Yes, they do. The educational system, or Mishnah, in Galilee in the time of Jesus was well structured, and the schools were closely associated with the synagogues. Children, boys and girls, began to learn to read and write the scriptures, the Torah, at age four or five. Memorization played a vital part. At ten, they were ready to learn interpretation (most would by this time drop out, the girls to work at home and the boys to learn the family trade). Then at thirteen, they would move on to fulfilling the commandments, and finally at fifteen, to study the Talmud, and to make rabbinic interpretations themselves. It is then not surprising that Jesus at his first Passover should have astounded the teachers in the temple at Jerusalem by his questions being only twelve.
The best students would continue their studies under the tutelage of a rabbi or teacher while practicing the family trade. By the age of thirty, they would themselves have acquired the authority to teach. The term rabbi did not refer to a specific office or occupation, but rather designated a learned person, a master, worthy of great respect. It appears then that Jesus certainly followed the standard Mishnah, or pattern of education. Not surprisingly again, he was baptized at the age of thirty, when one may become a teacher in one’s own right.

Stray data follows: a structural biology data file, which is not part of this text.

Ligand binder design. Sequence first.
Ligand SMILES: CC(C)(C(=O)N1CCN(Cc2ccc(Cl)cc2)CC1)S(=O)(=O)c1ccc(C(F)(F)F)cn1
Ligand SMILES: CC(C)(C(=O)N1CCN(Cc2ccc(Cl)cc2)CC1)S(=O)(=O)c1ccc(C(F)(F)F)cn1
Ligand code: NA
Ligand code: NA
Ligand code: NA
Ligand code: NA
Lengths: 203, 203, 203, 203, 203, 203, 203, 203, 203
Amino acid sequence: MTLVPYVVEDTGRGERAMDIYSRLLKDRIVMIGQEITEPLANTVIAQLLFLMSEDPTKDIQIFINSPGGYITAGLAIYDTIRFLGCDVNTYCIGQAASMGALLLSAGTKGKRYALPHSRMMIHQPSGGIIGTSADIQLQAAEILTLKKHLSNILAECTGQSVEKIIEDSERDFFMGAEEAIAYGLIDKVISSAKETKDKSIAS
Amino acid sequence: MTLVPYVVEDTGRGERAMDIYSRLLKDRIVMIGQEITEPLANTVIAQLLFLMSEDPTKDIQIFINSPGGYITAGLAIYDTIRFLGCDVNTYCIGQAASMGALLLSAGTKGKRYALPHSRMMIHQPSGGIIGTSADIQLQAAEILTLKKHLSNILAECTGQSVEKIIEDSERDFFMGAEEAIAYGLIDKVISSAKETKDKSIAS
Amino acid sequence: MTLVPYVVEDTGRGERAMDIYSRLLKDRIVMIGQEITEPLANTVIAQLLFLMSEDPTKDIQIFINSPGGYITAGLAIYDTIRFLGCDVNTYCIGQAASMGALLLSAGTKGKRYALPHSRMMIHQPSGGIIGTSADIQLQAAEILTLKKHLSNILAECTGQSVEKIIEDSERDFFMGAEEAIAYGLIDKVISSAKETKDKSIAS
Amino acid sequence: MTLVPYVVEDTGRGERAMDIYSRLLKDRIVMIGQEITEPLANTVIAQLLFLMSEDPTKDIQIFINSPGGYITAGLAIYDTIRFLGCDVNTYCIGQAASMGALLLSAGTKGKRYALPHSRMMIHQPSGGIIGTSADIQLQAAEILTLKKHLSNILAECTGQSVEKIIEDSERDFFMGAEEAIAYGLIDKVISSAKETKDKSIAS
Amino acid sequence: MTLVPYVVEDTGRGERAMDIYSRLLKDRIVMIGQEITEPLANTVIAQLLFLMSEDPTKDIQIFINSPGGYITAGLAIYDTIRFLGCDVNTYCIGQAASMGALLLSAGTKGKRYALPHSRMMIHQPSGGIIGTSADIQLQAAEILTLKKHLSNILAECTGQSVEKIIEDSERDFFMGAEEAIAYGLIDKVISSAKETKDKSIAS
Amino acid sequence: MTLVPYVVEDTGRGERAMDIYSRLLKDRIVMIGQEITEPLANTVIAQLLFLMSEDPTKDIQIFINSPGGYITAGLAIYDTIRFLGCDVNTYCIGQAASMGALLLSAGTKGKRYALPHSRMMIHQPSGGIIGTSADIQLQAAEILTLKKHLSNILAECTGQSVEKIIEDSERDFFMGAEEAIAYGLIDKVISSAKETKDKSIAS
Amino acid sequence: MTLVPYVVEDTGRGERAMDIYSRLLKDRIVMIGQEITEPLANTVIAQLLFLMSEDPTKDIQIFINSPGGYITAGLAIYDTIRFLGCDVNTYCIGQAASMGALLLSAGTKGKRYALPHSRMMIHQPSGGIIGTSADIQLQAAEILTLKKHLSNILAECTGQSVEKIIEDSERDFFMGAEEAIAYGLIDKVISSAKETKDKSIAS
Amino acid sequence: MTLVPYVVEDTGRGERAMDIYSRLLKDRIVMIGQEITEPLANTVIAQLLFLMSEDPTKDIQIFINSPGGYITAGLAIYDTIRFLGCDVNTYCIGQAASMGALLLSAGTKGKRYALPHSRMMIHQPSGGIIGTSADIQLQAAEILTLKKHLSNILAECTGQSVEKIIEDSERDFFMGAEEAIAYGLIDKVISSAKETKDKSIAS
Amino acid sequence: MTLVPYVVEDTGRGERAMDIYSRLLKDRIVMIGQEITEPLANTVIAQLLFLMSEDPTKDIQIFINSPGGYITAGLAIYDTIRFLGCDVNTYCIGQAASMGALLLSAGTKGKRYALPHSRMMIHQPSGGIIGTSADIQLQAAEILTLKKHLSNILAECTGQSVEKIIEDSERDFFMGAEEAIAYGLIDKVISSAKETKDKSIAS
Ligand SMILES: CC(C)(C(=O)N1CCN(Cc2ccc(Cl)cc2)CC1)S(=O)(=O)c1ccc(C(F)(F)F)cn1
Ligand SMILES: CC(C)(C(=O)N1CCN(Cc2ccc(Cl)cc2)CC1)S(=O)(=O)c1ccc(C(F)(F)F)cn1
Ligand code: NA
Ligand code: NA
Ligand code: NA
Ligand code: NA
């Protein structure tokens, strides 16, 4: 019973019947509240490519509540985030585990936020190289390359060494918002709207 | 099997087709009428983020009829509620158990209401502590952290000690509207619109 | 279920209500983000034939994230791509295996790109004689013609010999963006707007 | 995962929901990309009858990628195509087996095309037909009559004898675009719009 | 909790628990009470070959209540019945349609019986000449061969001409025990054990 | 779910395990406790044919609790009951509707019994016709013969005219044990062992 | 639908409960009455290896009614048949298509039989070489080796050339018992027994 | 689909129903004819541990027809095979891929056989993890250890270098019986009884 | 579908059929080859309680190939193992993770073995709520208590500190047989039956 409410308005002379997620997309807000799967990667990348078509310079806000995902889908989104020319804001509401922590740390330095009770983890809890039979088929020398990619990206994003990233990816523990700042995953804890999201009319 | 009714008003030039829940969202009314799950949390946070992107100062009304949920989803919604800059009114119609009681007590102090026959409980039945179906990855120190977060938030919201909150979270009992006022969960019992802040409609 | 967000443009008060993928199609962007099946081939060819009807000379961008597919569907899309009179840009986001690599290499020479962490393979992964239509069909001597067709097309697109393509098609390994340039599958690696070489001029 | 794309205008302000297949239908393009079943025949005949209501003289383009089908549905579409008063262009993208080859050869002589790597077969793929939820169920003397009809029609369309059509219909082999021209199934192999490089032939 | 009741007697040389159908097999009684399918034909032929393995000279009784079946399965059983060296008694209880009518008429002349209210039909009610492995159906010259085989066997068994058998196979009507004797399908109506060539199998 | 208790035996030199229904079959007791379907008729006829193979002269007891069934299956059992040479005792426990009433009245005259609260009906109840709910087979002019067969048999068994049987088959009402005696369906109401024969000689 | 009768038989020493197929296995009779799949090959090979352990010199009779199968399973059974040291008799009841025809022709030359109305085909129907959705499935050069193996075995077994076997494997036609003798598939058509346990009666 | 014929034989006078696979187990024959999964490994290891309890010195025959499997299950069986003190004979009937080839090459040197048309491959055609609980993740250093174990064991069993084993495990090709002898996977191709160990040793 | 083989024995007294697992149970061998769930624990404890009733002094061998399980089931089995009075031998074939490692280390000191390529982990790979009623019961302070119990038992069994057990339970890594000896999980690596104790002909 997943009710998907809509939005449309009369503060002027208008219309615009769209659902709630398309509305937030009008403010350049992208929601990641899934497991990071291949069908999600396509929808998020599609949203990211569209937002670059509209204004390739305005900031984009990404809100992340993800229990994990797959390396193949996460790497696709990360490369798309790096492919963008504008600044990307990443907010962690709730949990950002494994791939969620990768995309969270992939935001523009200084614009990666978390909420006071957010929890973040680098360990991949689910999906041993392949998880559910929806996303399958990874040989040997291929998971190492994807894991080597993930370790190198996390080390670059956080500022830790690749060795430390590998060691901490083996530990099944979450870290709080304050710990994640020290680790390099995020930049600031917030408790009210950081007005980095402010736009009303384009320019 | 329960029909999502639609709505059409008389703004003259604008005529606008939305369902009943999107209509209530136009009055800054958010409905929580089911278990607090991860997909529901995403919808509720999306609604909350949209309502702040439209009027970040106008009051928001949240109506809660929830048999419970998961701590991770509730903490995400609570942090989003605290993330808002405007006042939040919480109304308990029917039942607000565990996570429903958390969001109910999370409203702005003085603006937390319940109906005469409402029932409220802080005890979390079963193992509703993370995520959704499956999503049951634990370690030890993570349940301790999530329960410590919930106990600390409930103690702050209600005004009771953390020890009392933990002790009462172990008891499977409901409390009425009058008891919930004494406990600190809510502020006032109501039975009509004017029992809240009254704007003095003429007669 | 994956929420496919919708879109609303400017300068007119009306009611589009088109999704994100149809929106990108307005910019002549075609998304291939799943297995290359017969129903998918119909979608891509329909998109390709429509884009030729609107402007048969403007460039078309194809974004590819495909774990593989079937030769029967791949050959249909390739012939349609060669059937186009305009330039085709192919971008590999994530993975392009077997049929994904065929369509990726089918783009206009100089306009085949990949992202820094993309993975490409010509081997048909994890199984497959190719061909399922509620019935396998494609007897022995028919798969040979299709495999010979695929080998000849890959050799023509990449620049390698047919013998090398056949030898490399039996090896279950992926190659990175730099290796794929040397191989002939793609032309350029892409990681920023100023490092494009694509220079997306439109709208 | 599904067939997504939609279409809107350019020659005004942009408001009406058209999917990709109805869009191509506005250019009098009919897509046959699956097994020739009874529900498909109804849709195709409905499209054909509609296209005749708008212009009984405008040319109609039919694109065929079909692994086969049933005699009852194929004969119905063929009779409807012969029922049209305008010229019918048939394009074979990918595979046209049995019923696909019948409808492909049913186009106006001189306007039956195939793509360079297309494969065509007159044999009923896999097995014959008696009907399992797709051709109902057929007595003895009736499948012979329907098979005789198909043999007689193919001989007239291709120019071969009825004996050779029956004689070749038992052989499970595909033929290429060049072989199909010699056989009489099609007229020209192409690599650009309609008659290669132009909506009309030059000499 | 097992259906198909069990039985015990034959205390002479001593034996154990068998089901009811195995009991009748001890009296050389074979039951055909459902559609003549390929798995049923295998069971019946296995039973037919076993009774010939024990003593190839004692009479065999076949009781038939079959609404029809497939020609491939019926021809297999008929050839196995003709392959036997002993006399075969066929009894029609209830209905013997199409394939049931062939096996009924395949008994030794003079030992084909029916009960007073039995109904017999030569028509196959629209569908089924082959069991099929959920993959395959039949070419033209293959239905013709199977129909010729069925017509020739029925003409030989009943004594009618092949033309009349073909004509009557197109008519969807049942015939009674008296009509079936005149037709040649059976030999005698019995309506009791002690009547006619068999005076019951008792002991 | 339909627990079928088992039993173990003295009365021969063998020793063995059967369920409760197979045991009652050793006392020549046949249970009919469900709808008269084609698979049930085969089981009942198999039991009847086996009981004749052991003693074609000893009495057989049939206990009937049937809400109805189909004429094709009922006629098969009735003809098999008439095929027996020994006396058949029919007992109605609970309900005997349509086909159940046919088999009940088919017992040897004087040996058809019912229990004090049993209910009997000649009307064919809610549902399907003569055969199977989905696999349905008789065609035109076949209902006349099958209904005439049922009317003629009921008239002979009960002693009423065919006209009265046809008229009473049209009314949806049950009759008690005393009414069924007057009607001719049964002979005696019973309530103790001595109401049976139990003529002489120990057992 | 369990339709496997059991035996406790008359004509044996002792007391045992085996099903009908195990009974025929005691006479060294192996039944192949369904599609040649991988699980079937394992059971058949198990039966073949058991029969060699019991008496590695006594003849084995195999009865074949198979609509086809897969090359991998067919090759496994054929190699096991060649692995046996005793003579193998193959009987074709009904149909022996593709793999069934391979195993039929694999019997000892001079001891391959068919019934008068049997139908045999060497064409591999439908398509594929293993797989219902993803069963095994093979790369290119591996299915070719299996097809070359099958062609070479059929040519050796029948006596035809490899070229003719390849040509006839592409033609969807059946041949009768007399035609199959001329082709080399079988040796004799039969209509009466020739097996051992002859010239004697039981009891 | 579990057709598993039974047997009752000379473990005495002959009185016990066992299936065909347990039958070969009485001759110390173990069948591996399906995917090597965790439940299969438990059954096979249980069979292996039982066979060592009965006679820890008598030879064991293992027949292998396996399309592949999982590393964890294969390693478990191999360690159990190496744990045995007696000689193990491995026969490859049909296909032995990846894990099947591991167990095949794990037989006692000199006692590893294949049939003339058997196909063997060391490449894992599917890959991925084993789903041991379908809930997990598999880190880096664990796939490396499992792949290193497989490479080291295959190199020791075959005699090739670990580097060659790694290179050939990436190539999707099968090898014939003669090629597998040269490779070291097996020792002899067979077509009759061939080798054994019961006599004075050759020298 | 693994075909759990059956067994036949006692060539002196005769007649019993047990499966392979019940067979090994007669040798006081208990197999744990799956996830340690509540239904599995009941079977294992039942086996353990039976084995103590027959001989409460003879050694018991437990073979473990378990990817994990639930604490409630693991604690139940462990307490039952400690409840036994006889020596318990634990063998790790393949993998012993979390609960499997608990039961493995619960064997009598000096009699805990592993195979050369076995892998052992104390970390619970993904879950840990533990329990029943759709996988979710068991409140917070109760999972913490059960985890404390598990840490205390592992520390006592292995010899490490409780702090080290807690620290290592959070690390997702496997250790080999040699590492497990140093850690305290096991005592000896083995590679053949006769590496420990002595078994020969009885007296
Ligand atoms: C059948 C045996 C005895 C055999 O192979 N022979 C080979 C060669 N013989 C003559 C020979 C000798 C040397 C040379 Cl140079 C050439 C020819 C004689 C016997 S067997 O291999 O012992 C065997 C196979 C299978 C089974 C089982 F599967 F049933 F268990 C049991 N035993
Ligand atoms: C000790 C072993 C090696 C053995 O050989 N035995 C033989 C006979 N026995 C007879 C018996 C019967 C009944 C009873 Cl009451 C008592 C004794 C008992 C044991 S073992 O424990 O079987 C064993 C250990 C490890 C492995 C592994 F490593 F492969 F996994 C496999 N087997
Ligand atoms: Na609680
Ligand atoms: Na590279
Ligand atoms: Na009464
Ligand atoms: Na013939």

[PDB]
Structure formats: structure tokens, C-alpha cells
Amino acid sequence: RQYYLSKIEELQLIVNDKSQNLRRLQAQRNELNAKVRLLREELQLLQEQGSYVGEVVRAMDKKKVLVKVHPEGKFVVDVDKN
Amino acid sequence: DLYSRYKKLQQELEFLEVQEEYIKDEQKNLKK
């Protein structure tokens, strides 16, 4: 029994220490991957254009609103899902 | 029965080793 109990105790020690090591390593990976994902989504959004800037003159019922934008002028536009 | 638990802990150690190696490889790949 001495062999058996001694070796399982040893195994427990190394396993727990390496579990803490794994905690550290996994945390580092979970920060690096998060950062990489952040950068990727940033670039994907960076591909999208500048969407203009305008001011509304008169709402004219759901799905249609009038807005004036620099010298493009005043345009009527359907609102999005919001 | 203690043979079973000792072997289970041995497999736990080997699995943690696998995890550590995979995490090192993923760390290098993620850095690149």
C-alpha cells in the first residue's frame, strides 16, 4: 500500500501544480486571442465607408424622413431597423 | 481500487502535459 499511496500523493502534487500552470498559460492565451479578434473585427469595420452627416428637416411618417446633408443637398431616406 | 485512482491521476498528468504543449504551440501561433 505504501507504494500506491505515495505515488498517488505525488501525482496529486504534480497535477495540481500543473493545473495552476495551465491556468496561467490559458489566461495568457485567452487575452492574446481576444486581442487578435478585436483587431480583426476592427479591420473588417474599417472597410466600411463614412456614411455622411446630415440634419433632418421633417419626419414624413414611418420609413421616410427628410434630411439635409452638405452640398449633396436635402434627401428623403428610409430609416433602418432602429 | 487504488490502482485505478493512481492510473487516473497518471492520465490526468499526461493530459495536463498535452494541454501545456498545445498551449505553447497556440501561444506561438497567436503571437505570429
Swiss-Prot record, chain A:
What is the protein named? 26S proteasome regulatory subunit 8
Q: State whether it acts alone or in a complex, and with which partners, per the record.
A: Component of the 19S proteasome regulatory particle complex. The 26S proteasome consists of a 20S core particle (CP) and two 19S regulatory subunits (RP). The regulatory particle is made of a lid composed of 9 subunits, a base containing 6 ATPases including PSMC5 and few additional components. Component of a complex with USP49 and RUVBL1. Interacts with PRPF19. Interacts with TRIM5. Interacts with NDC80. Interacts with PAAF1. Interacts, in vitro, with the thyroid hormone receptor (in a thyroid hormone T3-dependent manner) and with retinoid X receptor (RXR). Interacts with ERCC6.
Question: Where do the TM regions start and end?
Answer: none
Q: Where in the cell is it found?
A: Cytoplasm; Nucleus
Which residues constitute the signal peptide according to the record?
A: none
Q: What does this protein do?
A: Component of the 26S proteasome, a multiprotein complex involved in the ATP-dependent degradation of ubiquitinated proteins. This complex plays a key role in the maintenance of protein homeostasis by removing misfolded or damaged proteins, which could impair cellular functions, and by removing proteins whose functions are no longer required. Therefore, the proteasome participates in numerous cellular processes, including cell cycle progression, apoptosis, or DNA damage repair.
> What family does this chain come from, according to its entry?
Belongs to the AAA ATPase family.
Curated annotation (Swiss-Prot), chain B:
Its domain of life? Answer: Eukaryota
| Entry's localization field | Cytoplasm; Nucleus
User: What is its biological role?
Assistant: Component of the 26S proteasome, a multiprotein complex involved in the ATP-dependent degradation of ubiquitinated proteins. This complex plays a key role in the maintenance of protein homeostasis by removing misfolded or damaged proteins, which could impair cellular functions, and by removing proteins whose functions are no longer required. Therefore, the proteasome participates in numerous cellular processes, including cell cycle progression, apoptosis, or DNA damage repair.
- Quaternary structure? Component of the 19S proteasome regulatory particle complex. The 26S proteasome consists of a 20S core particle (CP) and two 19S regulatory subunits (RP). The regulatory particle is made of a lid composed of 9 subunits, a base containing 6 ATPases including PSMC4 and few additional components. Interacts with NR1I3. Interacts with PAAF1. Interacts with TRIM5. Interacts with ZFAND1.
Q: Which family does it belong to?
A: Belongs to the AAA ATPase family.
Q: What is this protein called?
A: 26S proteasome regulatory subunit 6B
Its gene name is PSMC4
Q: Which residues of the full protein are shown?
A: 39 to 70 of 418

When students reached the completion of their education, they would ask their rabbi if they could become his follower, his talmid (translated “disciple”). If the rabbi felt there was true potential in his student, he would accept him. If not, the rabbi would reject the student. An acceptance meant that the student would now “follow” his master, go wherever he went, do whatever he did, live a similar life with the master, etc.
We have such an example of “following” already in the Old Testament. In the case of Elijah and Elisha, when Elijah came, the younger Elisha dropped everything and attached himself to Elijah until the death of the master (I Kings 19:19-21).
Jesus, however, did not attach himself to any human rabbi or teacher. He had come to fulfill his Heavenly Father’s mission, and thus “followed” His Teacher. Nor did he wait for the disciples to come to him but went out and chose them and asked them to follow him.
Clearly, the apostles were well-versed and educated in the scriptures and had been looking for the Great Teacher, the Messiah. The Apostle Philip, said: “We have found Him of whom Moses in the law and also the Prophets wrote,” (John 1:45). Once chosen, the disciples, talmidim, dropped whatever they were doing, attached themselves to Jesus and devoted their lives entirely to following him.